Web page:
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Ngo Van Doanh : Van hoa Champa

Ngo Van Doanh Van hoa Champa, NXB Van Hoa - Thong Tin, Ha Noi (Culture of Champa, Publishing Culture and Information, Ha Noi), 208 pages. 1994.

Phan Tam Khet 1
Vietnamese works of quality, dedicated to Champa, and that combine rigor and knowledge of the sources are too rare to not only welcomes the publication of that of Ngo Van Doanh, published in 1994 in Ha Noi. It takes as its axis to explain the ubiquity of the Indian influence in the Cham culture.
In its first part, devoted to the administrative organization, he recalls that, according to Chinese annals Champa was cut into 4 prefectures, 38 regions and 100 districts from 300 to 700 households each. There is interesting material for discussion, knowing that the formalism presided territorial divisions of the Chinese tradition. The author also mentions the existence of a matriarchy. In a second part, where some cultural facts are studied, Ngo Van Doanh said that this was very early (III-IV centuries for Sanskrit), a company written culture. It also emphasizes the important role of music and dance in this civilization, probably at a popular level, though there is no sign that figured in the productions, it seems. The development of these arts was in fact closely linked to religion bhraman, as the author indicates in its third part.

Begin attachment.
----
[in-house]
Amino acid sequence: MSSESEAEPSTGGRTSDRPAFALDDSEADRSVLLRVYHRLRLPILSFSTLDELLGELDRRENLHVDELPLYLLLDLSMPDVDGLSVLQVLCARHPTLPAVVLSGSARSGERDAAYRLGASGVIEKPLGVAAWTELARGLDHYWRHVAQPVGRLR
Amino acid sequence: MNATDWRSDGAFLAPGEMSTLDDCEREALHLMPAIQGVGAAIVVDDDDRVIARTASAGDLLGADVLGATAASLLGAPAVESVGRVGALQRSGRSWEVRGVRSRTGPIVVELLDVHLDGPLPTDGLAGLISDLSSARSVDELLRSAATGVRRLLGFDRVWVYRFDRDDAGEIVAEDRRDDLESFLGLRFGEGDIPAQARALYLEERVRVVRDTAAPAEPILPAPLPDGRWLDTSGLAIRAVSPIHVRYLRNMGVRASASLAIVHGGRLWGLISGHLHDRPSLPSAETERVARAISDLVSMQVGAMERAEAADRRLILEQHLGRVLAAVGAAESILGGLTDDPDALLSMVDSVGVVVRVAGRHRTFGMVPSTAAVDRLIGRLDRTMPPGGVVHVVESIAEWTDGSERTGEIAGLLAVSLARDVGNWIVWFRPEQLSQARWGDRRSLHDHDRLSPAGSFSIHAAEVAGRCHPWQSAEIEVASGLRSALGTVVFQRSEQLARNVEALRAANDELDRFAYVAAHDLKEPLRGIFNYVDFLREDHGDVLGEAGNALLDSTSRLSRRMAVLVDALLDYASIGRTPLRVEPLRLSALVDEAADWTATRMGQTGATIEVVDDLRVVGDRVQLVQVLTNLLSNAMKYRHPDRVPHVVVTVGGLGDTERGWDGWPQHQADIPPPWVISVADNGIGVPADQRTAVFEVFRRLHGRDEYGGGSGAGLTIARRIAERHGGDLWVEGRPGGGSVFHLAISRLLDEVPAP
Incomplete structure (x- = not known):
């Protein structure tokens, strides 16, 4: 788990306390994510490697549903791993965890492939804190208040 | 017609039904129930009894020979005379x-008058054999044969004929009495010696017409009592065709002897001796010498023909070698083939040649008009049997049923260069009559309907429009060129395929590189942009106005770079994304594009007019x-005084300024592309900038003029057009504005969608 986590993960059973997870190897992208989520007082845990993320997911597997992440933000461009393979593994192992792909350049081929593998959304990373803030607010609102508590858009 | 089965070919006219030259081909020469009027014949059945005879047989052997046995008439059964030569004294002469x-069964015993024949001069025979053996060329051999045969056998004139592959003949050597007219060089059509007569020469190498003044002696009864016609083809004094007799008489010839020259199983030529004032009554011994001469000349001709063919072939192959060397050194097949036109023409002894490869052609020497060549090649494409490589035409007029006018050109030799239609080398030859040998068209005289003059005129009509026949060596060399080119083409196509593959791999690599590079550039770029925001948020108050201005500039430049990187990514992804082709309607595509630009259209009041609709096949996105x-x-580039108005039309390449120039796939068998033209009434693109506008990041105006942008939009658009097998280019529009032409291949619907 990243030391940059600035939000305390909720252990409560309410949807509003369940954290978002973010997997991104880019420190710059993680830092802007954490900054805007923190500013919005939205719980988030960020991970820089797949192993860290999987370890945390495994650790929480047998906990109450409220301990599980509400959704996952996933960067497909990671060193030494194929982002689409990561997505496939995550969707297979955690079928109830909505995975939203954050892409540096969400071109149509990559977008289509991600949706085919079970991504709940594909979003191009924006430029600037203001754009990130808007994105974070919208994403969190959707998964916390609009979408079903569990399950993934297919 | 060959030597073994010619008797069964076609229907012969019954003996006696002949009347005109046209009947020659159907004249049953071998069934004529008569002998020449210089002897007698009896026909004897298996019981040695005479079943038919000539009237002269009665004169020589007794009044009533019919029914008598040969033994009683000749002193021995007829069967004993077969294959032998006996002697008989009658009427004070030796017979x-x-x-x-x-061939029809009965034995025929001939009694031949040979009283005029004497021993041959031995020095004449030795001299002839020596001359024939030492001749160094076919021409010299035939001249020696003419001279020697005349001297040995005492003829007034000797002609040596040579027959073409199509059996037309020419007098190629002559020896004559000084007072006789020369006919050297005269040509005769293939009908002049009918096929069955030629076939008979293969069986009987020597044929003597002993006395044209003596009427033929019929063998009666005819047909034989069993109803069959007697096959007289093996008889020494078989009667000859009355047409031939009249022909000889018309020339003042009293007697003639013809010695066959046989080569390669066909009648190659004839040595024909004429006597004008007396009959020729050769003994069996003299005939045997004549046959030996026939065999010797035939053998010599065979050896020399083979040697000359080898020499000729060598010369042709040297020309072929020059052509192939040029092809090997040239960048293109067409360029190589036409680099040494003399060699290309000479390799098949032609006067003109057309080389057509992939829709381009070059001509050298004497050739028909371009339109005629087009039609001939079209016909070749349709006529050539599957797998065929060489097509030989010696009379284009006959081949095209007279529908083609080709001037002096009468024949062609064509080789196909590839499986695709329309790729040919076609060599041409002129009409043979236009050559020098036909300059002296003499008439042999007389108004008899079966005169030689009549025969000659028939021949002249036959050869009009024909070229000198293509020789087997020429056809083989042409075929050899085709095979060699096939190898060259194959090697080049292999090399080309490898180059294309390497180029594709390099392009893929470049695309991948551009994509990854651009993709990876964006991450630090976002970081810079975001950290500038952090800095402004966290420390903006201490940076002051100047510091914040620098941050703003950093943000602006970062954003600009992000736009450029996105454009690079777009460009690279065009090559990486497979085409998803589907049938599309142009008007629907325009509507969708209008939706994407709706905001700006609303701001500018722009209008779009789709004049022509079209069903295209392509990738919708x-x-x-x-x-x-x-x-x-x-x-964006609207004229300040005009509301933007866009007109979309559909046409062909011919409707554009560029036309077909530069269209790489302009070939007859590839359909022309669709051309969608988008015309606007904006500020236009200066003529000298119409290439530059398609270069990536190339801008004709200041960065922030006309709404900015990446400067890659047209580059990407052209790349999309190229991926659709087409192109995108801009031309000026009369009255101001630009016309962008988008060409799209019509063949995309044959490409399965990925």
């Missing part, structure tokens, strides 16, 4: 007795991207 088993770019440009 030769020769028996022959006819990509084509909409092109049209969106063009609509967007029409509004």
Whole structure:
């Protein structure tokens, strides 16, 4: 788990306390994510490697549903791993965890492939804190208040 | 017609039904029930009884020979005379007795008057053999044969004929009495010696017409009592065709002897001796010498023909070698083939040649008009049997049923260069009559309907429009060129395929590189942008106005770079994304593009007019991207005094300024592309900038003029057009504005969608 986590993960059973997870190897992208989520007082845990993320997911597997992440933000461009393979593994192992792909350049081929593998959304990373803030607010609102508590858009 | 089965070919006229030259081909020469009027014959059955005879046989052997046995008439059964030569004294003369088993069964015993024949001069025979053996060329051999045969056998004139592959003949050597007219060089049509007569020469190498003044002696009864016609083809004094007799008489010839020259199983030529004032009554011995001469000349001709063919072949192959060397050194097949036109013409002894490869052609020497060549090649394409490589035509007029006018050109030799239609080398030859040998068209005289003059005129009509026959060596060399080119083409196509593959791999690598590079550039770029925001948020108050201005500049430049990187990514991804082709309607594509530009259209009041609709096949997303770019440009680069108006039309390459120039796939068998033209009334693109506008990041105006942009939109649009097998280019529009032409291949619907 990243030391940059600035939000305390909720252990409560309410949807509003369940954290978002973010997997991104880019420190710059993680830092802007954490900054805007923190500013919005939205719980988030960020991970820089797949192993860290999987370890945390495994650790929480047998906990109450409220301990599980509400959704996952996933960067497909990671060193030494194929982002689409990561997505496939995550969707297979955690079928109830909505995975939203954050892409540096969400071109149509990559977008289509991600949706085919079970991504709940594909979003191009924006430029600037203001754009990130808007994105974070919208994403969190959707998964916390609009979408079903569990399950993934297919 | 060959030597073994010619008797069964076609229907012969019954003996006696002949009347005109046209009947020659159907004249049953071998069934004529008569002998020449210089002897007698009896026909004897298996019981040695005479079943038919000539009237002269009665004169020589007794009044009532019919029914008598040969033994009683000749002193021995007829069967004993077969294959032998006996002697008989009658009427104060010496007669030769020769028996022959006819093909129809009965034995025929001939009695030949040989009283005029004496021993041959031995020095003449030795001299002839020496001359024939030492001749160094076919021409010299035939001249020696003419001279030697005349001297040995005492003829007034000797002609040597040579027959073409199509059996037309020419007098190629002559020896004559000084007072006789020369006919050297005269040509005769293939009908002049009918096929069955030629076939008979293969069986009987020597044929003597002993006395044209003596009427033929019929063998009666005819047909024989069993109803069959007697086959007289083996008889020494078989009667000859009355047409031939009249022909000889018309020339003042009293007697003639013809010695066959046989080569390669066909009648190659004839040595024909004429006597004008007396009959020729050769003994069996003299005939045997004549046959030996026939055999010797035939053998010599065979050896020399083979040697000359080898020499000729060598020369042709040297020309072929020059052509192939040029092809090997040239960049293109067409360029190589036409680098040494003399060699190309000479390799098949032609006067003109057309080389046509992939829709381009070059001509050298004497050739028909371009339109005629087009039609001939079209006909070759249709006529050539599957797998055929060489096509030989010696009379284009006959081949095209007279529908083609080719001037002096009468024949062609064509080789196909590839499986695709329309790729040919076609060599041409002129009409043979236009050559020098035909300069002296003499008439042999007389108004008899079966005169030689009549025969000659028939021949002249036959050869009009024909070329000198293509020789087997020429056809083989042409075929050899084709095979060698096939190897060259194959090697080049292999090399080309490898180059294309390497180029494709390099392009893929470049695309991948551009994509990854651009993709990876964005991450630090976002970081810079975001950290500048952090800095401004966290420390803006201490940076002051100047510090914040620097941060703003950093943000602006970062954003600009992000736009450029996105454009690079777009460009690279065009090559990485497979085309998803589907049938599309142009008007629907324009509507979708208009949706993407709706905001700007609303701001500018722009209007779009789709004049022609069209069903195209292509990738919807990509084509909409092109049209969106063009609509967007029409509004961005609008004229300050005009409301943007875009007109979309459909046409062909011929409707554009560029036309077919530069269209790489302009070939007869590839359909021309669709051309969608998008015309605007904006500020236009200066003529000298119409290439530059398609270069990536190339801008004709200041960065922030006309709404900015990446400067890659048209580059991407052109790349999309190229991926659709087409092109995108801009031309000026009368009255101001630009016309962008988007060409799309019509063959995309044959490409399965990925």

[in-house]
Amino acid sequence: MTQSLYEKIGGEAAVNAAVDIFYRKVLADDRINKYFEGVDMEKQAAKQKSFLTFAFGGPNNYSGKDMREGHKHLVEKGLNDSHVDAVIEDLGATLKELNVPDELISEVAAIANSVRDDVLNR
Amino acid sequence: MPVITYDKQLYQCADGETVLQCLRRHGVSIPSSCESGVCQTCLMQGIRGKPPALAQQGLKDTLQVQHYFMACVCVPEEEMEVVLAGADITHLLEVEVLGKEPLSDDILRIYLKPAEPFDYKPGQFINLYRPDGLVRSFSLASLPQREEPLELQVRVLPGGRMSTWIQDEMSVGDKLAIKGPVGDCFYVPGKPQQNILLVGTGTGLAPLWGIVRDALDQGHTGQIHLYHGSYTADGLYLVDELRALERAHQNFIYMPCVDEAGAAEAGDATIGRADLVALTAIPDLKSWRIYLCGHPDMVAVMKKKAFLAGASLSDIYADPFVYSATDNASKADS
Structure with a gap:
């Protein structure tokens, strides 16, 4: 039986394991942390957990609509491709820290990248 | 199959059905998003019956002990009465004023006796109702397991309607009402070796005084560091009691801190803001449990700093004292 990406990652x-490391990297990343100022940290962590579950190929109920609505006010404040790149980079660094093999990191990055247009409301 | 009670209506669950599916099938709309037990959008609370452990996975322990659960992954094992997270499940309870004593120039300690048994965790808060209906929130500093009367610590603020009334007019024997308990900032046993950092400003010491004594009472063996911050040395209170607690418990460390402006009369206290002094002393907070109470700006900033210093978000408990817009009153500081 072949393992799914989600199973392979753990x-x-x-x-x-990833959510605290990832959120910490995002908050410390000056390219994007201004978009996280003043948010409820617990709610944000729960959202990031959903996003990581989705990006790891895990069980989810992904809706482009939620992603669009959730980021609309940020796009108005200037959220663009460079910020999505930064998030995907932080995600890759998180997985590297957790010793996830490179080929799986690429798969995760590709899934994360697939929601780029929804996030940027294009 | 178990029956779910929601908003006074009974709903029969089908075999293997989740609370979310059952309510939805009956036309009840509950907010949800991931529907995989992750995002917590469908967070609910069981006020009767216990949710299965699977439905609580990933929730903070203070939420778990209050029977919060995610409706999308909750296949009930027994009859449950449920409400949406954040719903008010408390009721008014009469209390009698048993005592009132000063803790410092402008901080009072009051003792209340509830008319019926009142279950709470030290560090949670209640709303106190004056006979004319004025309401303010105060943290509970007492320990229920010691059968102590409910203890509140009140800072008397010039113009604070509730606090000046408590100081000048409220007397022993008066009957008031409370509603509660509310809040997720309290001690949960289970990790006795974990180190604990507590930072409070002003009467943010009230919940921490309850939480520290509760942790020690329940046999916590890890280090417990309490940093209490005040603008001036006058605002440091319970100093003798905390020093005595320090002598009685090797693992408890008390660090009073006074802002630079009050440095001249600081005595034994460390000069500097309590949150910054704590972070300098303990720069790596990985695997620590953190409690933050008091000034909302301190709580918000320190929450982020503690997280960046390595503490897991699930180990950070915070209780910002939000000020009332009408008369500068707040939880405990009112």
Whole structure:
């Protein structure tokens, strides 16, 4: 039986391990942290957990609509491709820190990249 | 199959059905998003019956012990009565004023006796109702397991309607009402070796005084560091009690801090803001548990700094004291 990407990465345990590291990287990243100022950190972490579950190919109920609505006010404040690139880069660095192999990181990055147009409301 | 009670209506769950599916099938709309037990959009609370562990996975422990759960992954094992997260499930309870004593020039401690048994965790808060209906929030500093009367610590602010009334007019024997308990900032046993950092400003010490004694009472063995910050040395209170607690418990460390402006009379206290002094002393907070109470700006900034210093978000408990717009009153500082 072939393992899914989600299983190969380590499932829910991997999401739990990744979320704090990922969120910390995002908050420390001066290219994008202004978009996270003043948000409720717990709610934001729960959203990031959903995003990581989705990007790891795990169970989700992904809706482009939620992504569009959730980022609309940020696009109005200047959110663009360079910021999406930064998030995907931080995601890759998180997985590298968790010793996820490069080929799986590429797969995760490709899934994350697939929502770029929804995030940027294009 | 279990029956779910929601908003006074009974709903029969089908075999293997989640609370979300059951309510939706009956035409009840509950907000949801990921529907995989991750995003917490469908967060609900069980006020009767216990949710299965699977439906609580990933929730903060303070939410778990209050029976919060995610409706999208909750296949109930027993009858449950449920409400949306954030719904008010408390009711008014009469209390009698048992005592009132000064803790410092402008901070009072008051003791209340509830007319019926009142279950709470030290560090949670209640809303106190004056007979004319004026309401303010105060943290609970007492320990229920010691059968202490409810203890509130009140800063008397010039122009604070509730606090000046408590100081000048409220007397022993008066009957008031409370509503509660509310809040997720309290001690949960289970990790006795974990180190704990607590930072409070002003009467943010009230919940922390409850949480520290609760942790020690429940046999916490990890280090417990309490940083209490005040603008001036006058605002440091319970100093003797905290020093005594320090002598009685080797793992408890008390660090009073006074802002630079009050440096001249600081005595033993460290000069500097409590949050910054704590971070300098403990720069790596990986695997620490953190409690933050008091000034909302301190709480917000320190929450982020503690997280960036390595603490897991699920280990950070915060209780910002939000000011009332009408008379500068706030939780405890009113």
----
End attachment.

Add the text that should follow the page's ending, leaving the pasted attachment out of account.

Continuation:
The architecture, which is the subject of Part 4, has certainly undergone an evolution, especially in the twelfth and thirteenth centuries in the wake of a Khmer influence, but this development is not yet clear. Cham artisans have, however, always kept an admirable sense of balance and rhythm of architectural masses. The author, in turn questioning the extraordinary strength of these huge blocks of brick aggregate them, makes several assumptions: cement of clay binder crushed bricks, then it takes the old idea (yet abandoned long) by firing the entire building, completed in one go.
Finally, the text covers the different styles, from the architecture and style of holding the Hoa Lai for the most accomplished, the Dong Duong establishing a break, while inaugurating the most fertile period until the sixteenth century. He notes in this respect an interesting contradiction between architectural dates established by Dr. Stern and those of J. Boisselier (for the style of Binh Dinh). This would be resumed.

Report translated from Vietnamese by Sean James Rose.

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